Ideally we like to see the IRE Luminance level for a green screen at 25 to 35 IRE, and never higher than 45 IRE Luminance. On the IRE RGB Parade, ideally the red and blue are at or near 0 (and not more than 10), and the green is 30 to 50 IRE. Different color spaces will cause these values to vary. 

sRGB Ideal Blue Screen Appearance:


While the accuracy of this blue patch is limited by your monitor, this is about the color we want to see if viewing a blue screen shot on an sRGB monitor. Again the border is 18% grey. This is the brightest pure blue possible on an sRGB monitor, which is about 11% luminance (lower luminance than the border, this is because blue only makes of 7% to 11% of luminance, depending on the color profile). 

In some colorspaces blue can actually be brighter than this (and that's not possible to display on an sRGB monitor). This is because when shooting BLUE screen it is best to overexpose relative to meter, by as much as a stop. And here it is set to maximum, #0000FF. But because blue only makes up 11% of luminance, it is actually lower in luminance than the 18% grey border.

On an IRE scope, The blue patch on an RGB parade (i.e. blue by itself) can easily be 100 IRE, as it is here. But this blue patch is less than 12 IRE when viewed as luminance (all channels combined, red and green at 0).

As the blue channel has much more noise than green, it does help to maximize the blue channel exposure. Because blue makes up so little of total luminance, we can increase exposure well above meter without much crosstalk from red and green (assuming a properly narrow band material).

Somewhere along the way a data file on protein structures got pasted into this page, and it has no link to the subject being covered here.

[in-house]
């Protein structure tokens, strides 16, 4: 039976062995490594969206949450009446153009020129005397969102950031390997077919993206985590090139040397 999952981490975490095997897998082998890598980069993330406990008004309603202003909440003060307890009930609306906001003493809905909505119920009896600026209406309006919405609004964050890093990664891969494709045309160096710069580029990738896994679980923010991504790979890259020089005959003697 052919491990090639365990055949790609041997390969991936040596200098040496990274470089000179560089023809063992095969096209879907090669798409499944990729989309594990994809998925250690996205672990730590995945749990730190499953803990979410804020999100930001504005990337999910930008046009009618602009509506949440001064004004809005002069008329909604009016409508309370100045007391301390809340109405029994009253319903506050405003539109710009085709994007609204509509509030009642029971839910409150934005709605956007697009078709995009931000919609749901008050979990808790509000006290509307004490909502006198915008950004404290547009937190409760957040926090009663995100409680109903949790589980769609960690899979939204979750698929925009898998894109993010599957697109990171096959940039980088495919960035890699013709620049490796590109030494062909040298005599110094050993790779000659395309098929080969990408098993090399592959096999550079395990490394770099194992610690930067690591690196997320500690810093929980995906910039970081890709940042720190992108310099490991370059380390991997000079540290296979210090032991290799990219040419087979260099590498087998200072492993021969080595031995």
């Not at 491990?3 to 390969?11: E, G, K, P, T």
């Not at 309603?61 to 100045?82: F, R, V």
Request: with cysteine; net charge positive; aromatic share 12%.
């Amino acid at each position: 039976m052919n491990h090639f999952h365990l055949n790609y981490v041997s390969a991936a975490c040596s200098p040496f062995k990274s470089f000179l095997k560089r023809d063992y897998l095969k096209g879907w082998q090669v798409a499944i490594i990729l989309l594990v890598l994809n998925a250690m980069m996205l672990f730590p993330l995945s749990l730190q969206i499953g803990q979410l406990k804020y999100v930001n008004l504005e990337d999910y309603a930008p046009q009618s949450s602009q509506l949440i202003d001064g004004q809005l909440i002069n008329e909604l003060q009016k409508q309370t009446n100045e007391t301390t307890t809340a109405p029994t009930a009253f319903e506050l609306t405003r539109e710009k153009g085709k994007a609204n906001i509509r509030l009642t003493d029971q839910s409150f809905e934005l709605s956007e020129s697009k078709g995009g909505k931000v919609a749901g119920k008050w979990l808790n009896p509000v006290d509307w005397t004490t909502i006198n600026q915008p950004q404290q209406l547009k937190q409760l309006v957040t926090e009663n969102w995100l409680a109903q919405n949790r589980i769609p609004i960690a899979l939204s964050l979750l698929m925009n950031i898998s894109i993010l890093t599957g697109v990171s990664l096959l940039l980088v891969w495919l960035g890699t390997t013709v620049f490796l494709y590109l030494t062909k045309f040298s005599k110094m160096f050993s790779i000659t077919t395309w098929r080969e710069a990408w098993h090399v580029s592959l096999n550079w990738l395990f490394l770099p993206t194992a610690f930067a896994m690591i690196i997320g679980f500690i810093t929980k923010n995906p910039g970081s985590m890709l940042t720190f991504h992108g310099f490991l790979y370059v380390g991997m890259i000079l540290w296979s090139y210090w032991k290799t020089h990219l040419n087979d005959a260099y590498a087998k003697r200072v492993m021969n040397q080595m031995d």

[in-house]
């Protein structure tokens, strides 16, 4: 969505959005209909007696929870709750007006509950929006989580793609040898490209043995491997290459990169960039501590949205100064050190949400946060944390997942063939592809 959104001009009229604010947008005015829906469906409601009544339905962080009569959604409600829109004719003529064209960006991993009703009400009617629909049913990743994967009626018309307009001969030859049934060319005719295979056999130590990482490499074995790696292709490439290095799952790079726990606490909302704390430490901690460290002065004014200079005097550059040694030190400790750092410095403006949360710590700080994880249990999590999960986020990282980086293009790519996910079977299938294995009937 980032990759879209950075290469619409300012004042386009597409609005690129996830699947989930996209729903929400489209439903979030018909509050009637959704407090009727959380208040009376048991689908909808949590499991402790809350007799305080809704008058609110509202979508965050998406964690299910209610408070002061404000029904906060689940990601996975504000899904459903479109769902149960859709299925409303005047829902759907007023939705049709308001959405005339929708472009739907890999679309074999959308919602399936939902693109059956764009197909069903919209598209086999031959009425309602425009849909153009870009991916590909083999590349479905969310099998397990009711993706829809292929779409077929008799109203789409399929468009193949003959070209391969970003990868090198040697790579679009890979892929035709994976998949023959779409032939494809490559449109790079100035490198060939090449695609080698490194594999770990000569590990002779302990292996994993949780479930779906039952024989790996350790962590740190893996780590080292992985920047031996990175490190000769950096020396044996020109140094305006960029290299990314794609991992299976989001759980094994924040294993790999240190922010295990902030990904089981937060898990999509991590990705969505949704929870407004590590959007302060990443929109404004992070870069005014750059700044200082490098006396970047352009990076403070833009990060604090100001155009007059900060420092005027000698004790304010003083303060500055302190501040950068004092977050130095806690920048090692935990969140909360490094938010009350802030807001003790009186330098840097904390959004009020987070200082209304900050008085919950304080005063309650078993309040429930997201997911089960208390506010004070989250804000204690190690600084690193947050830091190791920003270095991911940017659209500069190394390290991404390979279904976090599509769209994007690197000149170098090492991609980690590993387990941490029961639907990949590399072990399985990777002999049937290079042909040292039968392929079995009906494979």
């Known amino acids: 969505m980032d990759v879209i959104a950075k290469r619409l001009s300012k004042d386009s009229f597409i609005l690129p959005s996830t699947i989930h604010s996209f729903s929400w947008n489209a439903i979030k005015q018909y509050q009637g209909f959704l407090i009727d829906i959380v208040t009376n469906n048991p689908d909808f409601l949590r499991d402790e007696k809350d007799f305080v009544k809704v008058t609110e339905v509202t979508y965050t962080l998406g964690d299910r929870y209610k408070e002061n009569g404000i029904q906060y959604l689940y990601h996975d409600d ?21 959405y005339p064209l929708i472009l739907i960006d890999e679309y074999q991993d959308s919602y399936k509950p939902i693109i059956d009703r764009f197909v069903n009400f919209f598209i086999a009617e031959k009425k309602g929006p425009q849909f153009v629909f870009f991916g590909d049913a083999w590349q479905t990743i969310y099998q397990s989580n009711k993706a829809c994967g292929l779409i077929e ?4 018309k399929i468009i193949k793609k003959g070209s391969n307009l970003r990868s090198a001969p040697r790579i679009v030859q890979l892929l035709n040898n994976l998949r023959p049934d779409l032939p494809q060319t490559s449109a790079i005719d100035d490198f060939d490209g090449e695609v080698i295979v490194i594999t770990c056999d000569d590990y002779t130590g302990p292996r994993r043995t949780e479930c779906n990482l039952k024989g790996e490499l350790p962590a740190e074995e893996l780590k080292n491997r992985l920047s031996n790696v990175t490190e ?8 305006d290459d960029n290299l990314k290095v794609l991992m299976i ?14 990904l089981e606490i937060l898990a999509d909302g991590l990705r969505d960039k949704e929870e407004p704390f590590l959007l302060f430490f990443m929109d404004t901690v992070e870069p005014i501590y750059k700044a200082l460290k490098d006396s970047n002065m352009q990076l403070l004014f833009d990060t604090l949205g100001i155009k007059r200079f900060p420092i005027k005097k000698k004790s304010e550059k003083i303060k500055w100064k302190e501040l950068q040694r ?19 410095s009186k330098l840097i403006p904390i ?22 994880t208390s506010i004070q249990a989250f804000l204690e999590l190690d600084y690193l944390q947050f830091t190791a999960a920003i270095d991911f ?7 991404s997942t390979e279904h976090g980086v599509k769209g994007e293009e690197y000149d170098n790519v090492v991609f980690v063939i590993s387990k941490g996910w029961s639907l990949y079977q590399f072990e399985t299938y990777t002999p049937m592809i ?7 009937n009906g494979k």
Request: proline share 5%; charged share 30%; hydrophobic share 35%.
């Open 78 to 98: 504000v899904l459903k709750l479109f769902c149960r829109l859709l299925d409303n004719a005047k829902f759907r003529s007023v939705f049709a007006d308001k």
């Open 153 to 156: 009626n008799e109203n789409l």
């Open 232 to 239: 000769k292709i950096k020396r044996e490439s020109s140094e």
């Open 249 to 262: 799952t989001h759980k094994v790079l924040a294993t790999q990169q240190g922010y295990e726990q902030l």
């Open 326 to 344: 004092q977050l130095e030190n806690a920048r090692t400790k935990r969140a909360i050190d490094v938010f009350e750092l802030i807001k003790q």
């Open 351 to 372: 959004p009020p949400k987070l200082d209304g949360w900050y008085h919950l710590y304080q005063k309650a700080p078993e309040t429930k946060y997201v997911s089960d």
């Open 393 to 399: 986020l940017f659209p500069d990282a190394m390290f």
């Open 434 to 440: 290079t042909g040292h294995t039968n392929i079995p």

Also, blue spill is often not noticeable in the scene, while green spill is an ever present problem.

While blue should be exposed brighter than key, it is important to avoid avoid clipping. It is important to never clip any channel when shooting a color key element, but you especially need to avoid clipping near the edges of the subjects being keyed. So adjust lighting and exposure for blue screens to be bright, but be careful never to clip.

Also ensure that an exposure increase does not introduce excessive red or green channel crosstalk. If increasing the exposure of the blue (or green) screen causes the red and/or blue channels to start to increase, then that means the screen brightness is as high as it can go without crosstalk into the other channels. This happens particularly as you approach clipping for the screen color's primary channel, due in part to limitations of the Bayer filter and debayering algorithm.

TIP: You can test for the bandwidth of a particular color by taking a full screen image of it with a dSLR and then looking at the RGB histogram in the camera. You want to see both the red and blue spikes far to the left of the green spike, with as much distance between the green, and the red/blue channels as possible. Take your camera to the art or fabric store when choosing the color (place the paper or cloth sample under a light source type similar to your shooting setup, or use daylight).

As such, using your shot as an example, exposing it brighter (to reduce noise), and using a more narrowband green element, should solve your issues.

Regardless, don't use the "color key" plug in. Use Keylight or Primatte: Here's a rough key after spending about a minute using Keylight:

Now, if this were on your QT file, and not a still, you would probably see crawling noise at the edges of the picture frames due to the noise in the element.

If I received this particular shot "as a shot to do", I would probably not use the green for a key at all, and just comp over the green with the images, then use animated masks for the foreground person passing by. Based on this situation that appears to be the best solution.

This article was originally written circa 2012, but minor updates in July of 2018